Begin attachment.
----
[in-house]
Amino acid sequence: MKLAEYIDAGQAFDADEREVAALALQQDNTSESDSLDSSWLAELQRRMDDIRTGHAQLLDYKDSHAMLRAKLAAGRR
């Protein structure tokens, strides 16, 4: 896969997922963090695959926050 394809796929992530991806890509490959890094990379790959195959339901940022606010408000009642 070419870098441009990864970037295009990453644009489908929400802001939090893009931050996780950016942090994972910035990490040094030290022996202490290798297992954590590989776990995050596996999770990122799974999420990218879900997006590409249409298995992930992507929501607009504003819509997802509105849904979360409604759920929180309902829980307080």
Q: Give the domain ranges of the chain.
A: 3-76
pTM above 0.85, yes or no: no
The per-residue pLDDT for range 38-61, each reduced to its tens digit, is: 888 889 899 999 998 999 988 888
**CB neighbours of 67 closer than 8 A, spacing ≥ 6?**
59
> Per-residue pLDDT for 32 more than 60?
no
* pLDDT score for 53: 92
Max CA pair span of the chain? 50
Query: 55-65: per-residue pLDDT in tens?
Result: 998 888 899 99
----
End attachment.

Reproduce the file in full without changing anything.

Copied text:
[in-house]
Amino acid sequence: MKLAEYIDAGQAFDADEREVAALALQQDNTSESDSLDSSWLAELQRRMDDIRTGHAQLLDYKDSHAMLRAKLAAGRR
């Protein structure tokens, strides 16, 4: 896969997922963090695959926050 394809796929992530991806890509490959890094990379790959195959339901940022606010408000009642 070419870098441009990864970037295009990453644009489908929400802001939090893009931050996780950016942090994972910035990490040094030290022996202490290798297992954590590989776990995050596996999770990122799974999420990218879900997006590409249409298995992930992507929501607009504003819509997802509105849904979360409604759920929180309902829980307080």
Q: Give the domain ranges of the chain.
A: 3-76
pTM above 0.85, yes or no: no
The per-residue pLDDT for range 38-61, each reduced to its tens digit, is: 888 889 899 999 998 999 988 888
**CB neighbours of 67 closer than 8 A, spacing ≥ 6?**
59
> Per-residue pLDDT for 32 more than 60?
no
* pLDDT score for 53: 92
Max CA pair span of the chain? 50
Query: 55-65: per-residue pLDDT in tens?
Result: 998 888 899 99